The open US accusation of hacking by Russia signals a war of nerves not seen since the Cold War

New Cold War: from Syria to the US
New Cold War: from Syria to the US
Image: REUTERS/Vadim Savitsky
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A deepening breach has opened between the US and Russia, with the Obama administration now explicitly accusing Moscow of using cyber warfare to influence the US presidential election.

The formal US allegation today, amid tit-for-tat withdrawals from diplomatic talks and treaties between the two countries, unusually appeared to bluntly accuse Russian president Vladimir Putin of ultimate responsibility for the cyber intrusions.

It is dramatic public recognition by president Barack Obama that standard negotiations no longer work with Moscow. And it hardens a two-and-a-half-year-old rift triggered by the Russian invasion of Crimea, and that now encompasses the two governments, their companies, their geostrategy and public elections.

The rift is not new–the West and Moscow have been historically at odds. Indeed one shared characteristic with the Soviet period is the mirror-image accusations–each side claims the other initiated the tensions, and their perceptions of reality conflict markedly. But it appears to call a definitive conclusion to the quarter-century-long period of warming and cooperation between the US and Russia that immediately preceded and followed the 1991 Soviet breakup,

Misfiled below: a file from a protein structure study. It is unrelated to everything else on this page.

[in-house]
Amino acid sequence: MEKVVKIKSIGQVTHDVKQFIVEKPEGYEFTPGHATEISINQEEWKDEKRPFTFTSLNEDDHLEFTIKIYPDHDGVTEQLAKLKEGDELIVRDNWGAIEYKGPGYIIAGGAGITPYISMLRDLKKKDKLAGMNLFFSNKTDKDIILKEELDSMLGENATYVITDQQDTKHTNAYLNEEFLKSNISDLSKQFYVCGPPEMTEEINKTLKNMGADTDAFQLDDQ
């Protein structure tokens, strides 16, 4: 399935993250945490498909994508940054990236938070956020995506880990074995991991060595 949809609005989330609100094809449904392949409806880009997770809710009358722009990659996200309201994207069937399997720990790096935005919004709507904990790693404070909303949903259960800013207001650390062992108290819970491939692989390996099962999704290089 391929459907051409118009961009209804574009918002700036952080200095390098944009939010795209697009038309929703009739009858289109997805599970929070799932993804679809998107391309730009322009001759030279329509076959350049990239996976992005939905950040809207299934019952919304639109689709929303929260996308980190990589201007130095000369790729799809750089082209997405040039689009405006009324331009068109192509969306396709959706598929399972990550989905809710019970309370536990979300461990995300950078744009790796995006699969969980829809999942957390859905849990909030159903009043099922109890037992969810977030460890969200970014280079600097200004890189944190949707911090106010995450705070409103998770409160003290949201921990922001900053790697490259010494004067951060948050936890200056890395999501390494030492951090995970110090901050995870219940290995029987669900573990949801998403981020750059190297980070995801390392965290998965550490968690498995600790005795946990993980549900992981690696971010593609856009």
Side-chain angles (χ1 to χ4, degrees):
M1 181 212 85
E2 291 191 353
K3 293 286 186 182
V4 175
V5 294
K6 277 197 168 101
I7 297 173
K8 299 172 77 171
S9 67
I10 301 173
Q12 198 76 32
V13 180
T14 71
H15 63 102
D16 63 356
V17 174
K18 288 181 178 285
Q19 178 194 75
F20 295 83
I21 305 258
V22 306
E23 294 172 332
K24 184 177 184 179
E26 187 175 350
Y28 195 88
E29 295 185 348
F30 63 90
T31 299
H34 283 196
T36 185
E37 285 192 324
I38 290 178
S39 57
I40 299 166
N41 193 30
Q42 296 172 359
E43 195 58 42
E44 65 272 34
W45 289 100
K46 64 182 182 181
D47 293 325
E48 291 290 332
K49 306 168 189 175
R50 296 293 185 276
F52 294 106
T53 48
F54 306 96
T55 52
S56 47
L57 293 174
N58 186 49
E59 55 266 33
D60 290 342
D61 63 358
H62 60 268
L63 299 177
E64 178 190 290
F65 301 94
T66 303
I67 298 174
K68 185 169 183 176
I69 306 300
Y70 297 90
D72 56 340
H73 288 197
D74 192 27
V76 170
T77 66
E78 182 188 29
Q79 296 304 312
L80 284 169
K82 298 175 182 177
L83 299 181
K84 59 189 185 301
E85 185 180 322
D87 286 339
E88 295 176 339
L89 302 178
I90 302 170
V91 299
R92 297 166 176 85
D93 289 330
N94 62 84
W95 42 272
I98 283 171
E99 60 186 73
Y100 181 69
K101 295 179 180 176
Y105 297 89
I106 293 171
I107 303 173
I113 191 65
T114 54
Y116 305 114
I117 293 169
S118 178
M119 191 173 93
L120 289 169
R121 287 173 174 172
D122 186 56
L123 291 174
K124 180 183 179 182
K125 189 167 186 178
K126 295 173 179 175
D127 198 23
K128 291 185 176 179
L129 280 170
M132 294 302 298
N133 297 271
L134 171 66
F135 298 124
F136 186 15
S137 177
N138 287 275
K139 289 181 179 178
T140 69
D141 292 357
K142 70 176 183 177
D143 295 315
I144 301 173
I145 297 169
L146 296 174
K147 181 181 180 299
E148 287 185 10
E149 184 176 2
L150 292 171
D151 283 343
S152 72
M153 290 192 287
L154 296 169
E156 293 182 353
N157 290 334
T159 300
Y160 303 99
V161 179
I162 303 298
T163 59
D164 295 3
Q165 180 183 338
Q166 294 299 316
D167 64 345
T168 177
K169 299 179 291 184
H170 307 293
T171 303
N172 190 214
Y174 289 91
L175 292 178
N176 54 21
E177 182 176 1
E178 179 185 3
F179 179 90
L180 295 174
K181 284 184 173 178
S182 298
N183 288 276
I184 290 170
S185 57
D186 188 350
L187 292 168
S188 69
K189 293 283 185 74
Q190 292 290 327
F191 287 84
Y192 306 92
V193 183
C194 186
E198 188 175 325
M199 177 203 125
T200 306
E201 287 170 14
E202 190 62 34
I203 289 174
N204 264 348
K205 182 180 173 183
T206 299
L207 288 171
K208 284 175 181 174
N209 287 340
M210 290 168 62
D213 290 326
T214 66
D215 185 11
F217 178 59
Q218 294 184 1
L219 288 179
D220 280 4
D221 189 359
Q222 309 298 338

The latest US charge is that Russian hackers systematically intruded into Democratic and Republican party computers, in addition to numerous federal and state government servers. In a statement, US intelligence director James Clapper said the computer break-ins “are intended to interfere with the U.S. election process.”

“We believe, based on the scope and sensitivity of these efforts, that only Russia’s senior-most officials could have authorized these activities,” the statement said.

The run-up in tensions has been swift and sudden. On Oct. 3, US secretary of state John Kerry suspended cooperation with Russia on Syria over the bombing of Aleppo. The same day, Putin suspended Russian cooperation with a treaty designed to reduce plutonium stocks in both countries.

The US has accused Russia of conducting a wide-ranging form of directed conflict called hybrid war against the US and the West as a whole, including intrusions into border regions of NATO countries, and cyber and propaganda war. Russia does not deny the accusation entirely, but says it is responding to hybrid war by the US.